This is an article from The Law Firm of Evan H. Farr, P.C. in Fairfax Virginia that we thought others may find helpful.
Q. My father has dementia and will need skilled nursing care in the near future. There are so many nursing homes in this area to consider, and I have heard differing opinions from friends and family. How can we really know which one is best, and how can we afford it?
A. When seniors and their families plan ahead, they can make multiple visits to facilities to find the one that best meets their needs. However, if you have no choice and need a nursing home for a loved one right away, there are other tools you can use to assist in your search, including the federal government’s online tool, Nursing Home Compare.
Nursing Home Compare is a great starting point for consumers, as it offers star ratings for all nursing homes that participate in Medicare (for short-term rehabilitation) or Medicaid (for long-term care). The ratings are based on the facility’s performance on health inspections, staffing hours for nurses and nursing assistants, and quality measures, such as the prevalence of pressure ulcers and falls among residents.
In recent news, the federal government is increasing its scrutiny and raising the bar on an array of quality measures, requiring nursing homes to do more to get high scores on Nursing Home Compare. In the past, the grades — in the form of one- to five-star ratings — relied heavily on self-reported data, allowing a majority of homes to score high ratings. (55% of the nation’s nursing homes had overall scores of either four or five stars on Nursing Home Compare in January.) The system has come under recent criticism because some highly rated nursing homes have had numerous problems and face fines and other enforcement actions, which led to these modifications being made.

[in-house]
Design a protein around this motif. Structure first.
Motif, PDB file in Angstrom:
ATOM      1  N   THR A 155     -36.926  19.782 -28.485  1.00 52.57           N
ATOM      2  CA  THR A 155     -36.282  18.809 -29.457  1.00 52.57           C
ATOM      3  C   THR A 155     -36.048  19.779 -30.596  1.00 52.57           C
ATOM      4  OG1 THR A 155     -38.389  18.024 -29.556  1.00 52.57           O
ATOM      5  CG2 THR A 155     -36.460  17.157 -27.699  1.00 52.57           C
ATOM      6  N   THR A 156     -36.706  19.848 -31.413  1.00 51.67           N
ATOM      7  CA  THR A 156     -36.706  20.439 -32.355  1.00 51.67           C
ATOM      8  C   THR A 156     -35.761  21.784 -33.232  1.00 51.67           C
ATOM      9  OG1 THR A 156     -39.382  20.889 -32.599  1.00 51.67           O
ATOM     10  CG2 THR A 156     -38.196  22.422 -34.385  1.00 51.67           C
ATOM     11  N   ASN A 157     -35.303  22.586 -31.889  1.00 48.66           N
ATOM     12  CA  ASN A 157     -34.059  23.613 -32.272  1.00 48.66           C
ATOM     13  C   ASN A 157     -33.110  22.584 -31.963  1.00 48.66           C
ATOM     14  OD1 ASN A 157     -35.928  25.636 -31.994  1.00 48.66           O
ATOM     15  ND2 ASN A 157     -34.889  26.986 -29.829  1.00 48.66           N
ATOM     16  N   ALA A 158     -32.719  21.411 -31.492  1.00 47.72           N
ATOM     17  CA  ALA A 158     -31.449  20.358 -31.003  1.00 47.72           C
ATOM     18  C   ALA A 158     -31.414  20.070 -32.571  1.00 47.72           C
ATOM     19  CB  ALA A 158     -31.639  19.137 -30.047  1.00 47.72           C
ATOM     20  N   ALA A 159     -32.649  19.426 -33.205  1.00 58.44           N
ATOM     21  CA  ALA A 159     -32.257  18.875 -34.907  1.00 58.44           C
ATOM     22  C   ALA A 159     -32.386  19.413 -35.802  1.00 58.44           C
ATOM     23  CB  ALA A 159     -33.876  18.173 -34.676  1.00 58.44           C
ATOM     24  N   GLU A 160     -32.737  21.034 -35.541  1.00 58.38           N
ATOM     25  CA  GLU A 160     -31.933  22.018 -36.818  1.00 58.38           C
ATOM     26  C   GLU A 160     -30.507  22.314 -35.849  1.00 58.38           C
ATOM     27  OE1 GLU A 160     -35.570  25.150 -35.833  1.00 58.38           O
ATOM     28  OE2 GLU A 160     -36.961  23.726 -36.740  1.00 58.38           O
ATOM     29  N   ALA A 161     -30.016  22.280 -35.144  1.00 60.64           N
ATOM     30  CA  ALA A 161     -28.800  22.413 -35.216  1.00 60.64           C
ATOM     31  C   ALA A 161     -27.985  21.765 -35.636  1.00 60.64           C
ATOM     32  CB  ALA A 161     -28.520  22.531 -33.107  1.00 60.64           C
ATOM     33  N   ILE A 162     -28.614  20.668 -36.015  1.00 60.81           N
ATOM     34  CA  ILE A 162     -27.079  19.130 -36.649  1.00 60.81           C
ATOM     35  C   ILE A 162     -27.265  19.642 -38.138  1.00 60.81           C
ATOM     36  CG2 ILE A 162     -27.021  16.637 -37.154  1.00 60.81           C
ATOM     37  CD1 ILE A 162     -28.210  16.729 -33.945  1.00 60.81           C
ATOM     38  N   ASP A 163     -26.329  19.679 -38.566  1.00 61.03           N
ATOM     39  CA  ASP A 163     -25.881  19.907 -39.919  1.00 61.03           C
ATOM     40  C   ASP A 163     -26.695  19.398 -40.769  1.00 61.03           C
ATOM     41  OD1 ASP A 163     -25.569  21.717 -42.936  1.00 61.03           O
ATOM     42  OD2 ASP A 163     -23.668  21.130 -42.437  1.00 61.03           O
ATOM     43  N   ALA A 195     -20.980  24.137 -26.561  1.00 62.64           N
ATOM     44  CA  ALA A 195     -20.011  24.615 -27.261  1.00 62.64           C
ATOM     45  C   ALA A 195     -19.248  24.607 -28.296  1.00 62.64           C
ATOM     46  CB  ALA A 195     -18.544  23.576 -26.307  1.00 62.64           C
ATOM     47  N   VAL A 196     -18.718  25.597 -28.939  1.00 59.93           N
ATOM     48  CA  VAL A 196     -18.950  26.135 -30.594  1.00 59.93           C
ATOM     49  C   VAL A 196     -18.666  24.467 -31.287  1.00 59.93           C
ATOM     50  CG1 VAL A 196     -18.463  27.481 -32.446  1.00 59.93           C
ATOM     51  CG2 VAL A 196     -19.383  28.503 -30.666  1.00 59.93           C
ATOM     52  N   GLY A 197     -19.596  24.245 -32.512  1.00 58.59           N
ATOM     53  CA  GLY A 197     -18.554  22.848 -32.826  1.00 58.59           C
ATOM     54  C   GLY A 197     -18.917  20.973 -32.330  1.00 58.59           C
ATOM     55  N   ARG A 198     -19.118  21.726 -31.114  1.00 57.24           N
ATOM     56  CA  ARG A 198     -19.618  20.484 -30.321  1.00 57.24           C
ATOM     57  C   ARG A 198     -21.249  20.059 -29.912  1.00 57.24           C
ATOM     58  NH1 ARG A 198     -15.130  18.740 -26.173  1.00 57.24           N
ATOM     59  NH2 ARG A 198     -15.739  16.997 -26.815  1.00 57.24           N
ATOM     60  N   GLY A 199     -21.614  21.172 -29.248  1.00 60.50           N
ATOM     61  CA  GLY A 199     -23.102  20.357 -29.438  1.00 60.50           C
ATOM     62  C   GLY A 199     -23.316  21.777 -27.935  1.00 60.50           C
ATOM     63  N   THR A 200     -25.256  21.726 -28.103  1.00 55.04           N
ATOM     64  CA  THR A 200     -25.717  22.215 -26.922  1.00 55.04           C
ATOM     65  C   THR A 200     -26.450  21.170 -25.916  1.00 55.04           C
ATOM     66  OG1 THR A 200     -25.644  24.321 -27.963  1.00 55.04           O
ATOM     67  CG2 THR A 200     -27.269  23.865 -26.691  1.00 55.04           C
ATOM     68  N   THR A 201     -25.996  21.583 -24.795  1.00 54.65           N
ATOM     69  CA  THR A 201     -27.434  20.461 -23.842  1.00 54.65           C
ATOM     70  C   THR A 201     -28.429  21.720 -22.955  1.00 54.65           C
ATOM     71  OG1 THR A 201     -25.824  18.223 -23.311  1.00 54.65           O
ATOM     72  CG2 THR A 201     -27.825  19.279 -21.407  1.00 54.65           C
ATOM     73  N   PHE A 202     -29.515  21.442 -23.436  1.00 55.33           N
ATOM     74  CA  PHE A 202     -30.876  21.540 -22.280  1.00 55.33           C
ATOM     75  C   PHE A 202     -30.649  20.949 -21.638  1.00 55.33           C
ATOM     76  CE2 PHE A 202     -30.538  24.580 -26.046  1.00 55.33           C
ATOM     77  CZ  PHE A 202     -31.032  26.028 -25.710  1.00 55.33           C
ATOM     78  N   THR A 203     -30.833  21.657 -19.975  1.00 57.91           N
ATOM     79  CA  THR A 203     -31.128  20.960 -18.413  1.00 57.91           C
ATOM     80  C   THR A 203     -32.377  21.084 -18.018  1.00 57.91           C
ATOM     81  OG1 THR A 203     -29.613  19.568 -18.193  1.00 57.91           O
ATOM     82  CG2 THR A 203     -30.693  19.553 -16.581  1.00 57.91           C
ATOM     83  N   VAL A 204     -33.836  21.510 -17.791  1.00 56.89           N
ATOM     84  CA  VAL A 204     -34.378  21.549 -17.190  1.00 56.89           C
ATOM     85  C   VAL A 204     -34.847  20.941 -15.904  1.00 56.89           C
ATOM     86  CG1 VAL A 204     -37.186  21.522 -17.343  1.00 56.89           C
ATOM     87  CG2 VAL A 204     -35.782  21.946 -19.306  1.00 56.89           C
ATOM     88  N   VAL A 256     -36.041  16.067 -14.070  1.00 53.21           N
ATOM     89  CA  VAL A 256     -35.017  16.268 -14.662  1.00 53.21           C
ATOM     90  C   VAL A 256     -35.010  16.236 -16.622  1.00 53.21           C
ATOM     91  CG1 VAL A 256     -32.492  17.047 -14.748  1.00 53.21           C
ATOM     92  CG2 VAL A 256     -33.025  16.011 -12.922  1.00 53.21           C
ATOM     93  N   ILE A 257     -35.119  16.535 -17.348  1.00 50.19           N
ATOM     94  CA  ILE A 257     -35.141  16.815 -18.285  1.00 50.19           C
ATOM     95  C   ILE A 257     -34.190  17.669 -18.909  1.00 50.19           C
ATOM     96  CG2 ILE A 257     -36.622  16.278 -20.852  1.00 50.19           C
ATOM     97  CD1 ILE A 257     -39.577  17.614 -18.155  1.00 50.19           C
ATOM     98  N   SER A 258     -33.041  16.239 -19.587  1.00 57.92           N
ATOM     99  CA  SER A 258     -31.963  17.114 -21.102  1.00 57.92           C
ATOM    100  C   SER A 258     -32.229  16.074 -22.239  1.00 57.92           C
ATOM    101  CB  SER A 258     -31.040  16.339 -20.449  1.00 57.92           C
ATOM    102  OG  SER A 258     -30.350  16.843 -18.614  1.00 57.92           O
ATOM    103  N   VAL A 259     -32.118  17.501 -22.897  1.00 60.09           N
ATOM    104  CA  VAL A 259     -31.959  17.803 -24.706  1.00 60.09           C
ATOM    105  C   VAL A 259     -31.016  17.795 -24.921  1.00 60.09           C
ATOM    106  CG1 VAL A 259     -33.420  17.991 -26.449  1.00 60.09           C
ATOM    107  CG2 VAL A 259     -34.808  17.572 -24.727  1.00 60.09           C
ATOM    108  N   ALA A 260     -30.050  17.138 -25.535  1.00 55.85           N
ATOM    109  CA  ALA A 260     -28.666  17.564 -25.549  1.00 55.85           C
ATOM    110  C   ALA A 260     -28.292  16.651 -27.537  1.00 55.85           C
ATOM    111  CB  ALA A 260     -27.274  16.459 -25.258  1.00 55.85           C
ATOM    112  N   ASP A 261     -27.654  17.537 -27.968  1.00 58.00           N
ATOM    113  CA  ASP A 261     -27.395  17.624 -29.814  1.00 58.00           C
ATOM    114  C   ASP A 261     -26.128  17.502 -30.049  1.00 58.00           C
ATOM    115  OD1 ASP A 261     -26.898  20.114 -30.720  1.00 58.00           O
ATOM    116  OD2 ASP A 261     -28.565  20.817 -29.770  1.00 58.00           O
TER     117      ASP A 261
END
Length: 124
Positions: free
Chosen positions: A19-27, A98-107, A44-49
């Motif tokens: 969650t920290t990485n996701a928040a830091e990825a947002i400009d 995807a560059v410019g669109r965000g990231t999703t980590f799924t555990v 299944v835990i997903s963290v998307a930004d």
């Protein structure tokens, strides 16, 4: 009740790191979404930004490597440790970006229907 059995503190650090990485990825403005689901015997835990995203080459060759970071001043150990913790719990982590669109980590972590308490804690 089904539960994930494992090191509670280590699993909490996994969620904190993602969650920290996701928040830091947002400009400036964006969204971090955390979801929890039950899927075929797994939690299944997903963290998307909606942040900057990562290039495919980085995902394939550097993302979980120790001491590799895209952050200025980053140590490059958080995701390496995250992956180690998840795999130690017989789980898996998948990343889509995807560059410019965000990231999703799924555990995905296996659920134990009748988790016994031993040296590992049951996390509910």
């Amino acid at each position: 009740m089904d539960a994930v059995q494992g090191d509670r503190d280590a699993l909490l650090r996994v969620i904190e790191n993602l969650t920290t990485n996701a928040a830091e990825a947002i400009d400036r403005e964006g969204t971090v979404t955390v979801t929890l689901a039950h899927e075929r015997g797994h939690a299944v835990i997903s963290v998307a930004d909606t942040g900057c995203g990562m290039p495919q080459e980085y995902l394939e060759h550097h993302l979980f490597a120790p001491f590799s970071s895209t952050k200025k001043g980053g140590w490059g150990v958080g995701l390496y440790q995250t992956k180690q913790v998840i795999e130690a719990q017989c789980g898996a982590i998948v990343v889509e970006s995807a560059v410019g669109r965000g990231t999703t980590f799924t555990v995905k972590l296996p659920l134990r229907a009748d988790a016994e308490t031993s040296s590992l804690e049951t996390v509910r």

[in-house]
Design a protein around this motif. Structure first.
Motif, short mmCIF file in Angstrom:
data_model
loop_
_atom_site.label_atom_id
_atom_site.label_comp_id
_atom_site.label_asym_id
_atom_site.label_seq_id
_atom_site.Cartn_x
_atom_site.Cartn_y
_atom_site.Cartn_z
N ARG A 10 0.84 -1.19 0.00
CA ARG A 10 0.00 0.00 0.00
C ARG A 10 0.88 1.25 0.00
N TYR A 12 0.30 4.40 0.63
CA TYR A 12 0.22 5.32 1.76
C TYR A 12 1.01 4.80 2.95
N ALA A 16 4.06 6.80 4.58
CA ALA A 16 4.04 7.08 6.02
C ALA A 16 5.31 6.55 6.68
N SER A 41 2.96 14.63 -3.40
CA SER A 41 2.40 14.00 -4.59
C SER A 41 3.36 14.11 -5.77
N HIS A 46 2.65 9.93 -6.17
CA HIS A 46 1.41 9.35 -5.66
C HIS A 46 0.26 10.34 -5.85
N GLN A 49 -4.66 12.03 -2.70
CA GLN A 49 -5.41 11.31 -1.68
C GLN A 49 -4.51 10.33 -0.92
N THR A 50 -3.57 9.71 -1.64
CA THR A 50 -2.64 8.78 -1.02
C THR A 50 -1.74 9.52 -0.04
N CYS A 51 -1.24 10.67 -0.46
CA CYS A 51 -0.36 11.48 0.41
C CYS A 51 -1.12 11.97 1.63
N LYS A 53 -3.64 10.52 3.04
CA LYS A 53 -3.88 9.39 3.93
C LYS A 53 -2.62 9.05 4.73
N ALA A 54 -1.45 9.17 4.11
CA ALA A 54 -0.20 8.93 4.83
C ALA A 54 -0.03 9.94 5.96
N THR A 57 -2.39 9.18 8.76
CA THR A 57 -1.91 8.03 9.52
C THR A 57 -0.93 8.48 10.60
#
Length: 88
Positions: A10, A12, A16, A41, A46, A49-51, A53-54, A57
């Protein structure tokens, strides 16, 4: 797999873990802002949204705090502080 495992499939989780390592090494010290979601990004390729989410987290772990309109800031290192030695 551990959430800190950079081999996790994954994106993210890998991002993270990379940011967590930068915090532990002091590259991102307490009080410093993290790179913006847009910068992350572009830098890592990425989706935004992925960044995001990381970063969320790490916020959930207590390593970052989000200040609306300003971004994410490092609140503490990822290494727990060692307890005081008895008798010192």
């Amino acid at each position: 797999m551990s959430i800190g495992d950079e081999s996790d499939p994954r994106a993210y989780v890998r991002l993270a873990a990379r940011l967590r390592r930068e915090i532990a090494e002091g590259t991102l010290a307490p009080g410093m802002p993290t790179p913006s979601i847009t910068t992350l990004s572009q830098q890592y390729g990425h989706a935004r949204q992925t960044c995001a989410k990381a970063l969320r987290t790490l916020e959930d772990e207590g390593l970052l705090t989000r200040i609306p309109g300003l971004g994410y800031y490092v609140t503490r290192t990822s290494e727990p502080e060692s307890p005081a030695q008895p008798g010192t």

What measures will be more scrutinized in the new quality rating system?
• Health Inspections – More than 180,000 onsite reviews are currently used in the health inspection scoring nationally. The health inspection rating will now contain information from the last 3 years of onsite inspections, including both standard surveys and any complaint surveys. Information will be gathered by trained, objective inspectors who will go onsite to the nursing home and follow a specific process to determine the extent to which a nursing home has met Medicaid and Medicare’s minimum quality requirements.
• Staffing – The staffing rating has information about the number of hours of care provided on average to each resident each day by nursing staff. This rating will now consider differences in the levels of residents’ care need in each nursing home. In the new system, a nursing home with residents who had more severe needs would be expected to have more nursing staff than a nursing home where the resident needs were not as high.
• Quality Measures (QMs) – More than 12 million assessments of the conditions of nursing home residents are currently used in the Five-Star rating system. The quality measure rating has information on 11 different physical and clinical measures for nursing home residents. The rating will now include information about nursing homes’ use of anti psychotic medications in both long-stay and short-stay residents, as well as the percentages of residents who develop bedsores or are injured in falls.
The changes follow others announced in October that require additional verification of self-reported staffing levels and other attempts to confirm quality data submitted by the homes. With the changes being enforced, many homes could drop a star or more from their current levels, even though nothing may have changed, officials from the Centers for Medicare and Medicaid Services said.
According to CMS, no rating system can address all of the important considerations that go into a decision about which nursing home may be best for a particular person. It is important to take into account the extent to which specialty care is provided (such as specialized rehabilitation or dementia care) and how easy it will be for family members to visit the nursing home resident. CMS suggests that consumers should use the Nursing Home Compare Web site together with other sources of information for the nursing homes (including a visit to the nursing home) and State or local organizations (such as local advocacy groups and the State Ombudsman program).
How else can you tell if a nursing home is a good fit? As CMS states, ratings are helpful, but do not tell the full story. Before committing to a nursing home for your father, be sure to take a tour during regular business hours, have a meal, pay attention to smells, sounds, and temperature, and observe whether residents are engaging in activities or sitting around listlessly.